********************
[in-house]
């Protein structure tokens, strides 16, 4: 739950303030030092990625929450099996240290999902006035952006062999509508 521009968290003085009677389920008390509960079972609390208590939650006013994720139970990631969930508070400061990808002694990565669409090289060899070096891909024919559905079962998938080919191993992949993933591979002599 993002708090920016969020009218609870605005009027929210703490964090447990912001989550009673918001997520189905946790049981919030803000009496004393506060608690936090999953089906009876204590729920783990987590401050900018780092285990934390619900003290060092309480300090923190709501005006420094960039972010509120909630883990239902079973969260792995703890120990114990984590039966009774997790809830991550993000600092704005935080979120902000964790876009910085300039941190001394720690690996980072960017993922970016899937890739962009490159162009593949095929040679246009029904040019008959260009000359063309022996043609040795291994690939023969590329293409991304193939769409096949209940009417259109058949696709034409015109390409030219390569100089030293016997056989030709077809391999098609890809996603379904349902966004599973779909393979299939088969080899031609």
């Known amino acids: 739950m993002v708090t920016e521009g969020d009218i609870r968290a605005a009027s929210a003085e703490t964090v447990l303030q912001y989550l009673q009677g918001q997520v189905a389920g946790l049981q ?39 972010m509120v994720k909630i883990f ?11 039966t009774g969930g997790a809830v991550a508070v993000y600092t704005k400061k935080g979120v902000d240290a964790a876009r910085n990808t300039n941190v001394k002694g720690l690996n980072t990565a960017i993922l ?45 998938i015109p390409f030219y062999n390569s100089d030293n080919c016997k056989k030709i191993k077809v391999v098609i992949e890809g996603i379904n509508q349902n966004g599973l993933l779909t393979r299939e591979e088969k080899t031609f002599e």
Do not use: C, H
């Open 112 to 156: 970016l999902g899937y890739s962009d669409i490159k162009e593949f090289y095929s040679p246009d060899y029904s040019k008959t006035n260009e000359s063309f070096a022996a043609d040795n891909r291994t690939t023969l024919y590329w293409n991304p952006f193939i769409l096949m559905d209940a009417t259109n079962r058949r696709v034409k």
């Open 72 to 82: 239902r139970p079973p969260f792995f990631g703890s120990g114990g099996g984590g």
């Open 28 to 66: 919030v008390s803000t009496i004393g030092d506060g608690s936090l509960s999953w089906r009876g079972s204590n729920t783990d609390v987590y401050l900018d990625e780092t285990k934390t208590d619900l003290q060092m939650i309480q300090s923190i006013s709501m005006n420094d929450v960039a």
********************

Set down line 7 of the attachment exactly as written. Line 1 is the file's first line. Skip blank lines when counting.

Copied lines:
């Open 28 to 66: 919030v008390s803000t009496i004393g030092d506060g608690s936090l509960s999953w089906r009876g079972s204590n729920t783990d609390v987590y401050l900018d990625e780092t285990k934390t208590d619900l003290q060092m939650i309480q300090s923190i006013s709501m005006n420094d929450v960039a």